Ras Kass’ Soul On Ice Sequel Uses Lyricism To Confront New Threats (Audio)
Over two decades ago, Ras Kass planted a flag for lyricism that balanced accounts of life in the streets of South Central with information found in the books that upset the setup. That unique gift culminated on Soul On Ice, the MC’s 1996 debut that has been heralded in circles ever since it dropped. Ever since, Ras Kass has been a beacon for the same kind of music, without compromise.
This weekend, Ras releases Soul On Ice 2 (embedded below), a long-touted sequel to his breakthrough work. He does so with assistance from S.O.I. collaborator Diamond D, as well as a cast that includes Snoop Dogg, Immortal Technique, CeeLo, and Blasphemy collaborator, producer Apollo Brown.
In a similar vein as his ’96 project, Kass’ latest effort attacks the harsh realities of the world in which he and his constituents live. Despite the time in between records, the mentality and messages between Soul On Ice and its sequel ring true and remain consistent. Comparing his latest album to his debut in a press statement, the MC notes, “What’s stark is how little has changed. The ghosts of America’s original sins continue to haunt, but they’re now twinned with a variety of new indignities from minor to major. They range from trust fund kids pretending to be broke and plasticine women to weed being legal, but the police will still kill you.”
Despite its impressive cast, one of S.O.I. 2‘s finest moments is Ras Kass alone. “Opioid Crisis,” a nod to his single “Nature Of A Threat,” from his Soul On Ice debut, also doubles as the album’s standoff. For seven minutes, Kass rips apart America’s current establishment over Chuck James’ production. Kass’ message is haunting, as the HRSMN rapper continues to attack the same powers that be that he began rapping about over 20 years ago.
To open, Kass describes a scene with his trademark wicked wordplay. “At Max’s eating a philly / Alt-Right tried to kill me / Dropped my cheesesteak and grabbed the MAC semi / Scuffling, shot a Republican in the face with it / Only the second time I’ve seen an eagle kill a patriot / That’s a Brady fumble, let me slay you double / Catch an L, then another, let the ladies love you / Rappers lazy paying baby dues to vaguely mumble / I’m from a stronger breed, victims of the ’80s struggle / Crack cocaine decimated poor neighborhoods / Politicians attacked us for the ‘greater good’ / The War On Crime, got more people in prison / Than living in Wyoming and South Dakota combined / Society blind / Or willfully ignorant / Ain’t no moral high ground when you’re killing your citizens / Yo, the hood got locked for rock / The ‘burbs sniffed powder and got a slap on the wrist from cops / Stop, frisk, stand your ground / Had b*tches boostin’ in Beverly Hills when Whitney Houston drowned.” Using football and government homonyms, Razzy Kazzy eventually ties his verse to the controversial Rockefeller Laws.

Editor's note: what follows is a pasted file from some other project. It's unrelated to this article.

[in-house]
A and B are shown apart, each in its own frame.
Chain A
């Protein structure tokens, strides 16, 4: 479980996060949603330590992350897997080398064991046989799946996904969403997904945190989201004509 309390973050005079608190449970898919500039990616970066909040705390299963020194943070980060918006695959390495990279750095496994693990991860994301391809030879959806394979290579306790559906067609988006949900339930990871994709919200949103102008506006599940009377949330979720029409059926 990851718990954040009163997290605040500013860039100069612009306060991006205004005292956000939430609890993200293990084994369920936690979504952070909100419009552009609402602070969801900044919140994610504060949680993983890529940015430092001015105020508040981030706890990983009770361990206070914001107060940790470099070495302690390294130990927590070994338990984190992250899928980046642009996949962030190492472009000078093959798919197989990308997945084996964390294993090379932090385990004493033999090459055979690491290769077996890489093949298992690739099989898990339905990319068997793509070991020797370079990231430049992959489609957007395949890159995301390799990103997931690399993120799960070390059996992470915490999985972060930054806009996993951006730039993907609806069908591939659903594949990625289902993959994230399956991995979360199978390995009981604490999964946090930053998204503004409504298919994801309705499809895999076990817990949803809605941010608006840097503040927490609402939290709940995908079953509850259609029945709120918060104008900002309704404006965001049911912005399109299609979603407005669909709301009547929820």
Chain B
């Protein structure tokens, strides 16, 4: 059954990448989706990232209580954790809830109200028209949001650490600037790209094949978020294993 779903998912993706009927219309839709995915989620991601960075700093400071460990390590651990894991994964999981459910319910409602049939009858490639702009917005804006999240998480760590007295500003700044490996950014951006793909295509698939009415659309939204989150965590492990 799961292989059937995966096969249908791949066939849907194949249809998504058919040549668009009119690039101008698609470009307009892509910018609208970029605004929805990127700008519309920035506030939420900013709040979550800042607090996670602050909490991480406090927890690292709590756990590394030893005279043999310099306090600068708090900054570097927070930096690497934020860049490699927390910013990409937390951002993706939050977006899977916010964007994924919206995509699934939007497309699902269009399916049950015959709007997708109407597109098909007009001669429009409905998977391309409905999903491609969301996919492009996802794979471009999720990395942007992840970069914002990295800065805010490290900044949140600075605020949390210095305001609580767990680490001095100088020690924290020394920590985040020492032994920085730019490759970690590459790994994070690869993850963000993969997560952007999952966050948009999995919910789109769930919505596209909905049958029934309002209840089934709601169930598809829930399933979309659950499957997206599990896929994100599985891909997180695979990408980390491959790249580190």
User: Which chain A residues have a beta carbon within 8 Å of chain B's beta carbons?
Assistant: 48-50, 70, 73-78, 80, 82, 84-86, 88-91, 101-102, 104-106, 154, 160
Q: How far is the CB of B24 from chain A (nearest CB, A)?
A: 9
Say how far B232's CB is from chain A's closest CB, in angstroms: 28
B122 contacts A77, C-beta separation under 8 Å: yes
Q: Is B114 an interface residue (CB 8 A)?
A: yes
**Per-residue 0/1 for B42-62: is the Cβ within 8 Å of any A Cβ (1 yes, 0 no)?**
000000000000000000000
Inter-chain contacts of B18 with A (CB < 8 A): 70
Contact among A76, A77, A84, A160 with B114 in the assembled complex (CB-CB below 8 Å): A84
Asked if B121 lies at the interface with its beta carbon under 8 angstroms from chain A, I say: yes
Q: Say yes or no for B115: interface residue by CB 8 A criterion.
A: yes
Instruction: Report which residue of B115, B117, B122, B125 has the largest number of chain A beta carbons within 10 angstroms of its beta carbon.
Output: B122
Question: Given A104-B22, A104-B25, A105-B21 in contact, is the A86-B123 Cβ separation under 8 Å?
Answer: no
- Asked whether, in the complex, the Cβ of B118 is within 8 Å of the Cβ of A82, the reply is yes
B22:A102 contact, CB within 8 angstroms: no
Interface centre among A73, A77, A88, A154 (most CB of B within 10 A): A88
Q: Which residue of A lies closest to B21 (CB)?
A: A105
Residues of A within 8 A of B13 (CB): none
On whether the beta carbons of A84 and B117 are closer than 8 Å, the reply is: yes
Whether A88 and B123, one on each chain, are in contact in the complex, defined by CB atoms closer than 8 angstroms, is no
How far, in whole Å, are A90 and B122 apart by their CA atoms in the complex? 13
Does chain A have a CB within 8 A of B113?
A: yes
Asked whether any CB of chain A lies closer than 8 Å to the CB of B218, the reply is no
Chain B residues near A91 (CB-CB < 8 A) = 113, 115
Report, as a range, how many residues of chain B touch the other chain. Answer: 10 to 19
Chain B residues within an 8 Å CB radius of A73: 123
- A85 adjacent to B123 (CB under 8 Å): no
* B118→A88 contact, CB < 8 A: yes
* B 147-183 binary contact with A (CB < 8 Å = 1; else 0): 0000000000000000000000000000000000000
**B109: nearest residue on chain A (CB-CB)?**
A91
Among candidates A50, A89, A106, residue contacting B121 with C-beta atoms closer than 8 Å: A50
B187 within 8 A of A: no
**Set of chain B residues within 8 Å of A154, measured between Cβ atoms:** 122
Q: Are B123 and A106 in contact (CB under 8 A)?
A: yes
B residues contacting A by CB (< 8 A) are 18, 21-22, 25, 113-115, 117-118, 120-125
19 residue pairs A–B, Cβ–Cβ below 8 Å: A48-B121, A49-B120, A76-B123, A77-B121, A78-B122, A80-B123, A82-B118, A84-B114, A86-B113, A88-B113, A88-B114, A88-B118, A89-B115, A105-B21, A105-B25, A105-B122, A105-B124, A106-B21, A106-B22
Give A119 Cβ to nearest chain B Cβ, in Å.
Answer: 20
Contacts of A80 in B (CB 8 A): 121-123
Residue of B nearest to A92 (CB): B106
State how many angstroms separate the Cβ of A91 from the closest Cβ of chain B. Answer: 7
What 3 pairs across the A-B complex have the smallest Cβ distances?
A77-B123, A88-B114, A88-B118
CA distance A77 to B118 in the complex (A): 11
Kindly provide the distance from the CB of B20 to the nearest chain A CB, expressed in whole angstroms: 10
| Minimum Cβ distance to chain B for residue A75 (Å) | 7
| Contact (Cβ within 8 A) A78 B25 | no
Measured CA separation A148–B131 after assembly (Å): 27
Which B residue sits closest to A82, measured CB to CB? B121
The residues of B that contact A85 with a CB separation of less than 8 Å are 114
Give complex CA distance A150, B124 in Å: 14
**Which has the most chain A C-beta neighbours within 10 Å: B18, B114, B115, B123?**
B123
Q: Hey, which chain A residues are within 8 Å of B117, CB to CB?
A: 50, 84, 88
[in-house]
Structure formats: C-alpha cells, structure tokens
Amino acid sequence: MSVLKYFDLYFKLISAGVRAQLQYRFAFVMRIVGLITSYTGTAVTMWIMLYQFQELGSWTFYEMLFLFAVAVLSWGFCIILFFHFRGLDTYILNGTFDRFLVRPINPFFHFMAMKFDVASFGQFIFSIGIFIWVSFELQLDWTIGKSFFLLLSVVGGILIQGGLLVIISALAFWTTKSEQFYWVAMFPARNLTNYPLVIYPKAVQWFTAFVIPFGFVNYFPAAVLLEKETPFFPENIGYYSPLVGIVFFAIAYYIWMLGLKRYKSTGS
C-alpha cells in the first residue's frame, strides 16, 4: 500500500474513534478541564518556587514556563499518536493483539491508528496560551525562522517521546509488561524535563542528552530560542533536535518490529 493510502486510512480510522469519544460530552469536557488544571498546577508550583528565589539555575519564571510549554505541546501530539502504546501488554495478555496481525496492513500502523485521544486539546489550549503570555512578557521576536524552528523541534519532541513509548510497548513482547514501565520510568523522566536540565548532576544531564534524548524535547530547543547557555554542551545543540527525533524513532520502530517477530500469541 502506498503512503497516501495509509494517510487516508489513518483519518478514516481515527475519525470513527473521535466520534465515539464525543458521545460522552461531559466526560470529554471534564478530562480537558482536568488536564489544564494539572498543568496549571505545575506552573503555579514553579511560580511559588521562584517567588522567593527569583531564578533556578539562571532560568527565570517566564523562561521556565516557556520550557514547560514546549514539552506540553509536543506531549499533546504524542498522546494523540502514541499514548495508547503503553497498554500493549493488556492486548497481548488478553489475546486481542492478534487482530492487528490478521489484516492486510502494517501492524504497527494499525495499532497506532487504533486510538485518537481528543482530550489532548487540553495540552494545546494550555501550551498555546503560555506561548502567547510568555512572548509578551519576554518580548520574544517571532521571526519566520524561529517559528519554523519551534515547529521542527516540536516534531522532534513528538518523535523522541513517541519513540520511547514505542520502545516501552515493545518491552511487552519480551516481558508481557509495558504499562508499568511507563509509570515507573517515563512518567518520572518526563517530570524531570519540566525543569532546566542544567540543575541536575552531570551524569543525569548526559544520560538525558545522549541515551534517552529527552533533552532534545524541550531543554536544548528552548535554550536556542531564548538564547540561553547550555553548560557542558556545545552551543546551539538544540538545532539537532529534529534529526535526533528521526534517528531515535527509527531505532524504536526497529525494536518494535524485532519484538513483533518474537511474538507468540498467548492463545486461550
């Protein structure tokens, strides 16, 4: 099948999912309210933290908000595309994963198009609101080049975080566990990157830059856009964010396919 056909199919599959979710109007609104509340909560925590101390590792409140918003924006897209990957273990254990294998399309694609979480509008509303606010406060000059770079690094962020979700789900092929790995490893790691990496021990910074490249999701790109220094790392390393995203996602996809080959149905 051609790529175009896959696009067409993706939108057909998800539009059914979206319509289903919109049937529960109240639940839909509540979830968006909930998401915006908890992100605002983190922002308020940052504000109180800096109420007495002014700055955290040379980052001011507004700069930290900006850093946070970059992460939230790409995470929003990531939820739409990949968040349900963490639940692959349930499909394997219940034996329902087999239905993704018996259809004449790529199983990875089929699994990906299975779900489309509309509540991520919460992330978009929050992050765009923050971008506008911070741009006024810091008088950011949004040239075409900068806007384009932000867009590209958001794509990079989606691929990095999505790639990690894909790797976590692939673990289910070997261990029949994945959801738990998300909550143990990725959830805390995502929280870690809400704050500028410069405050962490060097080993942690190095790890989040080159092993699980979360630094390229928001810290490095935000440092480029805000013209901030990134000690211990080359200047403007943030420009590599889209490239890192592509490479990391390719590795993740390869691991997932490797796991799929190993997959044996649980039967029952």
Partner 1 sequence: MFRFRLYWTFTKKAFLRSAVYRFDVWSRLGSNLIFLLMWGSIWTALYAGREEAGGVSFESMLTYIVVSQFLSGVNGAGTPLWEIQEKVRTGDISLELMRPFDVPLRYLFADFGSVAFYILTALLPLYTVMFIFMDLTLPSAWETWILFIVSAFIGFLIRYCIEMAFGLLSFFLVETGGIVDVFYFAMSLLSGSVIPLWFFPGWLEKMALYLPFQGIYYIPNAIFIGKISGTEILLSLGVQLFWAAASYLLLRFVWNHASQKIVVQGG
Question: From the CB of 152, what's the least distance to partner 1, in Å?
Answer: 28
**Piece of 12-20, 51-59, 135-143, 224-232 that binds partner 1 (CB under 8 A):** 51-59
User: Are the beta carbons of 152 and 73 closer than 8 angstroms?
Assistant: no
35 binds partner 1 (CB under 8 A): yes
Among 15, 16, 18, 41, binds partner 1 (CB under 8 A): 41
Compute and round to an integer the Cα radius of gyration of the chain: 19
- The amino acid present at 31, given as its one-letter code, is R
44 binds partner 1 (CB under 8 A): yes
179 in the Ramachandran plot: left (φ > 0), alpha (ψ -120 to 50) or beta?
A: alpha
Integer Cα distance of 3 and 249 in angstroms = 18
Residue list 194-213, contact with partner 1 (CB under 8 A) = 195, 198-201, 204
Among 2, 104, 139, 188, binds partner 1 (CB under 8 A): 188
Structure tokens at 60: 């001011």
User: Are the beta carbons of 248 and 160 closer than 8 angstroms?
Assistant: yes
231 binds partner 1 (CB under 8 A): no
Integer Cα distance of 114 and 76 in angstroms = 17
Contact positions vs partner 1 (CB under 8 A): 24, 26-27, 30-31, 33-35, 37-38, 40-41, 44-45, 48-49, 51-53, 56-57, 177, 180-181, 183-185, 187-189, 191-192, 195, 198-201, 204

In his second verse, Kass dives deeper into America’s drug epidemic, one that affects not just the country, but the Rap game as well. “Then The Purple One OD’d / I went from the revolution to sitting in the nosebleeds / Youngsters try to insinuate you’re washed up they call you O.G. / Nope, I’m just the homie / You in the trap, I’m the best lil’ ni**a / Wash your dirty f*cking mouth out with zest, lil’ ni**a / And Lil’ Peep got depressed, deceased his flesh / So how is it legal to sell a drug with a million side effects, including death / ‘Cause the same condition it supposed to treat / No cures, they sell temporary pain relief / Big pharmaceutical companies supply the ‘burbs / ‘Cause all the pills in West Virginia made by Heisenberg / Republicans blame Mexico, visit New Hampshire, where the Mexicans? / I asked Alexis, them / ‘How do I make heroin out of Dexatrim and Fentanyl?’ / Y’all catchin’ Zs when I spit at y’all / I should be in Forbes for all the illest bars / Time to join the racket, no tennis ball / It ain’t the Mexican cartel, ain’t the Black folk / ‘Cause the real plug wearing white lab coats.”
Further into the track’s second segment, Kass fights the industry, acknowledging the deep-seeded issues within the industry and Priority Records. He even points the finger at himself. Ras rhymes, “I’m spitting bars my G, ’til I R.I.P / Ask No I.D. / I’ma shine like the star I be / Not lookin’ down on the ground in Hollywood / I be in the hood, stronger despite what this industry did to me / Ten years of litigation, that liar Wendy G / Sometimes the insult is the favor, thank you my frenemies / I’m lovin’ it, we need more women up in the government / Support the #MeToo movement, but I’m discoverin’ / Acknowledges, self-admitted misogynist / The problem is with feminism, it’s corrupted, mister-sogynist.”
Press photograph provided by MAC Media.
#BonusBeat: Stream/support Soul On Ice 2 by Ras Kass: